Aguas Calientes sits roughly at the base of Machu Picchu, and from here you have two options: wake up around 4am to hike approximately 2 hours to the entrance of the ruins, or pay $9USD for a speeding bus to take you up the mountain via a narrow switchback dirt road.  The rationale escapes me now, but we decided to hike.

Now a group of 3 (we were joined by another Ecuadorian, Sebastian, who made the last-minute decision to spend the new year in Cusco as well), we arrived at the ruins sweaty and out of breath just as the sunlight began to dance on some of the taller mountain peaks.  With nothing but wispy hints of clouds in the sky (despite still being rainy season), I could already tell it was going to be an incredible day.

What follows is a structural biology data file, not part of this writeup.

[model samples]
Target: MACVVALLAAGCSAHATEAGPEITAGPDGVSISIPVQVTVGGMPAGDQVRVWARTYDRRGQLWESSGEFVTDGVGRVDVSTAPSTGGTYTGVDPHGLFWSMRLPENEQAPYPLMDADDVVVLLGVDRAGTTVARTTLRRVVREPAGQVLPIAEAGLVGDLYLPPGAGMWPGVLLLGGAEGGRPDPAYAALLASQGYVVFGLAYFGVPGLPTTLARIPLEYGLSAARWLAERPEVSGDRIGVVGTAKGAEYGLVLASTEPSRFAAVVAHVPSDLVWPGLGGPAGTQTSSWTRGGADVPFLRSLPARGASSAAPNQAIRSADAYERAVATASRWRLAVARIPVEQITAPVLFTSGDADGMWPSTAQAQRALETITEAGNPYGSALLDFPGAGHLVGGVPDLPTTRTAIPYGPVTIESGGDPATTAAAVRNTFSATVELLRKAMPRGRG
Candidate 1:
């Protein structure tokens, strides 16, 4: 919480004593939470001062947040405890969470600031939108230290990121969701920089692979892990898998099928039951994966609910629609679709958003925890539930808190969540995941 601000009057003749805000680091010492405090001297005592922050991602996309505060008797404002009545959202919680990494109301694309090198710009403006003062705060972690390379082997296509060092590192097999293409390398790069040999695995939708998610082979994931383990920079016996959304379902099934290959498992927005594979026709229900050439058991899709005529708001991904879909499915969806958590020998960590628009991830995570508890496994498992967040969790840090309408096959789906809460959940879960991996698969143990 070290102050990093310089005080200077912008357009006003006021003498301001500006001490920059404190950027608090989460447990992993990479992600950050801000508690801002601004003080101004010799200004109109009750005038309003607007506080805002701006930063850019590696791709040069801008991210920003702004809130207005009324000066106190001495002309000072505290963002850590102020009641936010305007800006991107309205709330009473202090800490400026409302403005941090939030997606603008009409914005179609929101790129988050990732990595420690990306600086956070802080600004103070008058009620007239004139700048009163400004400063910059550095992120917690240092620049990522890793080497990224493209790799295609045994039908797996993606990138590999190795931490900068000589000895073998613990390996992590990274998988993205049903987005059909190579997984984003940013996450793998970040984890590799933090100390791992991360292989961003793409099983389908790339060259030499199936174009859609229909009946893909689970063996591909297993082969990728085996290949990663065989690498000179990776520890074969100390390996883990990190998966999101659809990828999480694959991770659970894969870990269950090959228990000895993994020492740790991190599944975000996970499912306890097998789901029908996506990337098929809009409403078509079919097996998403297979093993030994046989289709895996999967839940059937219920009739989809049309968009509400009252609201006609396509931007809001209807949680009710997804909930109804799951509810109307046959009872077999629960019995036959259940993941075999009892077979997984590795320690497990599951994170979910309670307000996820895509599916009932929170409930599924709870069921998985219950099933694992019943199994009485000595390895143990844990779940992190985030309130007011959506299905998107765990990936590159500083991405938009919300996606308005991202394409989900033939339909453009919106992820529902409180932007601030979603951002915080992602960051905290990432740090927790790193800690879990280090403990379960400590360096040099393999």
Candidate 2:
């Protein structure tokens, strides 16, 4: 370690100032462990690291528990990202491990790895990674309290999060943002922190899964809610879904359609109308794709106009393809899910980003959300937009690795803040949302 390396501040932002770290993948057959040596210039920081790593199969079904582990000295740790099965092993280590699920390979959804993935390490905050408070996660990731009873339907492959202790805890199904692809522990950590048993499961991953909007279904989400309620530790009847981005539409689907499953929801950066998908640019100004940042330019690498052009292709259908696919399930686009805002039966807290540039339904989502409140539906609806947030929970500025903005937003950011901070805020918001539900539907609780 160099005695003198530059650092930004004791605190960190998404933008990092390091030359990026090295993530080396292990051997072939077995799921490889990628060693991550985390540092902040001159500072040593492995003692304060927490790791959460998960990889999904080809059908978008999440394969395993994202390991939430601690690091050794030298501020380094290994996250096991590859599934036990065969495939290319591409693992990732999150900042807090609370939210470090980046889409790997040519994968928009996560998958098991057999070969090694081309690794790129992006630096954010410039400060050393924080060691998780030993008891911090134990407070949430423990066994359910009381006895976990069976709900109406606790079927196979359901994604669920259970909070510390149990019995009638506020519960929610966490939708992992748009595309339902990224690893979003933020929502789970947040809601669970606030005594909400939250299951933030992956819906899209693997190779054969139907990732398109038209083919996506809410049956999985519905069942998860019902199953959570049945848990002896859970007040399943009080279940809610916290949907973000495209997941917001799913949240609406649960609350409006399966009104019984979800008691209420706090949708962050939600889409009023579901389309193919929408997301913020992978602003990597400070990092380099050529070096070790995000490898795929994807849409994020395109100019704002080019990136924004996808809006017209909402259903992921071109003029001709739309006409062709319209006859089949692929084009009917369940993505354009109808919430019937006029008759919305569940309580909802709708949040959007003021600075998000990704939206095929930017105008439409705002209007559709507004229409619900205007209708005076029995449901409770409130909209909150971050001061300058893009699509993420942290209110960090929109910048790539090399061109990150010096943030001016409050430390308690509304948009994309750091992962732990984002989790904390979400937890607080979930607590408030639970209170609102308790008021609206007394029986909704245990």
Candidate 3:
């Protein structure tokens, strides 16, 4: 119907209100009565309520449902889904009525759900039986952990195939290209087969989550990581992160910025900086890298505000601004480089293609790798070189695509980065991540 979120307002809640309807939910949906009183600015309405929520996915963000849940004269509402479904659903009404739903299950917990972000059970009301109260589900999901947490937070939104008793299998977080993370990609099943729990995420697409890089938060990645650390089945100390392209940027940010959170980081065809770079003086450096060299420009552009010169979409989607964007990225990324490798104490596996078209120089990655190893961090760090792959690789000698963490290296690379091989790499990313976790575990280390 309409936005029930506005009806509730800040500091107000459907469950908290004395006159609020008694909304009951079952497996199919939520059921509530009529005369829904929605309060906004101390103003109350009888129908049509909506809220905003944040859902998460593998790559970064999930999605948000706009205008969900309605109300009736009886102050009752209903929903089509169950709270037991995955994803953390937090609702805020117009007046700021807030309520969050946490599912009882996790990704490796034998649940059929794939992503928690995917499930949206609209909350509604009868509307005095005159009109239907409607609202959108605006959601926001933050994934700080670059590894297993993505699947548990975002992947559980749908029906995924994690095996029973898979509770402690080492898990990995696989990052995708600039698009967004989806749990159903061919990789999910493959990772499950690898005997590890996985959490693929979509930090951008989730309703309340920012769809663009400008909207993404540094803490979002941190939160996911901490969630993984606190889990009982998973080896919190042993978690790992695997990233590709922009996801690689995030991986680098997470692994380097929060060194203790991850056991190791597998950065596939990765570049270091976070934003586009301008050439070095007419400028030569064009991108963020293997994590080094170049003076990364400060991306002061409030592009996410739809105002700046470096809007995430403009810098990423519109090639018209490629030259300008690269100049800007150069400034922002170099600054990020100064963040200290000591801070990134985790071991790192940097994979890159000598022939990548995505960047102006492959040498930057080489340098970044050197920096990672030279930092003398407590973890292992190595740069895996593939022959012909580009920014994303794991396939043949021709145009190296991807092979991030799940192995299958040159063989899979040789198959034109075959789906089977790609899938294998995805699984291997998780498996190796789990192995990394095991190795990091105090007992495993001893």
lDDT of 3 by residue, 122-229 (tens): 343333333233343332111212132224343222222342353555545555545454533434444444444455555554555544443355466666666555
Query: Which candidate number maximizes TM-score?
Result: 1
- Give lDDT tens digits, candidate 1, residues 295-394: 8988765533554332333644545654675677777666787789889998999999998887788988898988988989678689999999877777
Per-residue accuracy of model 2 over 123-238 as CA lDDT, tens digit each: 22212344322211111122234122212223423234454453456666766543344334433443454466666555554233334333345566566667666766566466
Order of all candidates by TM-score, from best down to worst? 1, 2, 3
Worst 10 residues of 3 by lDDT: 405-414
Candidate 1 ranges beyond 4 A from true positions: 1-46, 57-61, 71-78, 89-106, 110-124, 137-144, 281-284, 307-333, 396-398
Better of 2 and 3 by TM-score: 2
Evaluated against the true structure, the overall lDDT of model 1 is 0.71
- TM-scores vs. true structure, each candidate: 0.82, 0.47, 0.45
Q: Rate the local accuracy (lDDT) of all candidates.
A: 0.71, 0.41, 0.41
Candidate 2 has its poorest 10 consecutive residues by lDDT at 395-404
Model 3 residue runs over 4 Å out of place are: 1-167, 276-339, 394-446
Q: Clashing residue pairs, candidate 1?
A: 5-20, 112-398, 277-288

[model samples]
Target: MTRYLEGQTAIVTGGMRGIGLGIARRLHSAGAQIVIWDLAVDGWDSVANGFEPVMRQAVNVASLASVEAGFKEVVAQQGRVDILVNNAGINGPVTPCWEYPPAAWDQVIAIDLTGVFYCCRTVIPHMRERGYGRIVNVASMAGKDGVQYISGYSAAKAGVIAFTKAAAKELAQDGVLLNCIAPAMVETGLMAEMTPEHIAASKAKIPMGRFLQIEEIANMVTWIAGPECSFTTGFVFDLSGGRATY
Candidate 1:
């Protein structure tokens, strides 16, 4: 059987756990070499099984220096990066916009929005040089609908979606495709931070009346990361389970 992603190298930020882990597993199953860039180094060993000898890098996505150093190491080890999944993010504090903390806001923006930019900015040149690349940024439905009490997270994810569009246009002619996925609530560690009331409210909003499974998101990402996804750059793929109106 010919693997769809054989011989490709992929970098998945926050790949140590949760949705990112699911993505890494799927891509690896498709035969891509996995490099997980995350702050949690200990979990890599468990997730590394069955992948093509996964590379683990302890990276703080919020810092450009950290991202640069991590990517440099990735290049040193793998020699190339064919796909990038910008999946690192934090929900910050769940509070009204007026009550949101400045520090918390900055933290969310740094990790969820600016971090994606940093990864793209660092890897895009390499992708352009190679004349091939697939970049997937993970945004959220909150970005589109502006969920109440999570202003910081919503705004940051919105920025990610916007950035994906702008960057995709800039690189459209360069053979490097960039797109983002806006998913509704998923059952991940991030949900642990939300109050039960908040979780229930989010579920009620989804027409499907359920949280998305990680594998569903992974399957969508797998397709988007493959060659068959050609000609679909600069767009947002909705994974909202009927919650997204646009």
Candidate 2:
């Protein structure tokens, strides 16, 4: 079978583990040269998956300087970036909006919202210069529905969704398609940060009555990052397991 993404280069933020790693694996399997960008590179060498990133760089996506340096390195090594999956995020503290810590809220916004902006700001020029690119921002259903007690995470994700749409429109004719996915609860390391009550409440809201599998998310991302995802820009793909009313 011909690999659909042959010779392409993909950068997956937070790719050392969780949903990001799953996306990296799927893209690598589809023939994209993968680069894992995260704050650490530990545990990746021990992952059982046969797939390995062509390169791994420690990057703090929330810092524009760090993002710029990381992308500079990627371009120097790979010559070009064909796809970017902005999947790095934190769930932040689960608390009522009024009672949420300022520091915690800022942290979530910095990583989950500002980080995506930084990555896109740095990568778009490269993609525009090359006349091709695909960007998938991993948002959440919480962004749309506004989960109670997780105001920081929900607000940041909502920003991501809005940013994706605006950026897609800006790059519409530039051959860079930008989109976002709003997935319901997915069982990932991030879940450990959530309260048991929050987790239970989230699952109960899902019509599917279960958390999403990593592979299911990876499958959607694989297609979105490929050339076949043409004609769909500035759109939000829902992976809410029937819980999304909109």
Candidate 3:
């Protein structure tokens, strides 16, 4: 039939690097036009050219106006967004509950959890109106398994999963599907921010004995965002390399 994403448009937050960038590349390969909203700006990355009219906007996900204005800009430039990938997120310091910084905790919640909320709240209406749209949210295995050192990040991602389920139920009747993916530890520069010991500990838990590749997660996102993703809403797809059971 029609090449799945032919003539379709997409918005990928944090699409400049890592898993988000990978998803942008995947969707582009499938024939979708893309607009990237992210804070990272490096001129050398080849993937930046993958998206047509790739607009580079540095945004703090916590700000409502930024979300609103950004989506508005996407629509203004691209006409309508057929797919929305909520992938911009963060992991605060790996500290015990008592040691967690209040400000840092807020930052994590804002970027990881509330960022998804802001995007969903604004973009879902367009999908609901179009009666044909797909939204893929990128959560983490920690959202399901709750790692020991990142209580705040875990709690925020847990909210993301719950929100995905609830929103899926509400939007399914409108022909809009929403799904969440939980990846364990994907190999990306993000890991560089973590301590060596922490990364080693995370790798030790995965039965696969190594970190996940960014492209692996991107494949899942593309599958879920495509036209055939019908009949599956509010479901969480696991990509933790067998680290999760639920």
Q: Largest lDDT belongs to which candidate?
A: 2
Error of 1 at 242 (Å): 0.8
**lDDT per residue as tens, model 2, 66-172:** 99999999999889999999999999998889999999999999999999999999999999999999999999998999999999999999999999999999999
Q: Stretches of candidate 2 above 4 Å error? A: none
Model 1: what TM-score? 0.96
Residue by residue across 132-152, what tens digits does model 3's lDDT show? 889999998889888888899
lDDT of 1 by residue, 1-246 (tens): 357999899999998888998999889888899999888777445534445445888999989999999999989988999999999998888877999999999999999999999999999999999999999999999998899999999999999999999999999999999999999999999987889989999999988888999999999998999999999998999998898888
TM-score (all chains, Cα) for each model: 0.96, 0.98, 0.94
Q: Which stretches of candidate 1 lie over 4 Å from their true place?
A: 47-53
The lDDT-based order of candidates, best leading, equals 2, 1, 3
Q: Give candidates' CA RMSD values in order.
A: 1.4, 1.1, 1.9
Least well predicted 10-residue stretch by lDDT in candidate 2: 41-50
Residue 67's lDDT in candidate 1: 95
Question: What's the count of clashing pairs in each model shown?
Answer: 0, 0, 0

The first striking contrast between this trip and my previous one was the guided tour.  The guide was engaging, knowledgeable and even used visual aids.  I didn’t feel the urge to yawn or sneak away from the group and I actually learned a bit.  Imagine that.

The second and most important difference between the two trips was the weather.  By the end of our tour, around 8:30 am, the sun had risen above the Sun Gate and was shining in full force.  It seemed to bring the ruins to life in a way I hadn’t seen before and which I can only describe as awe-inspiring.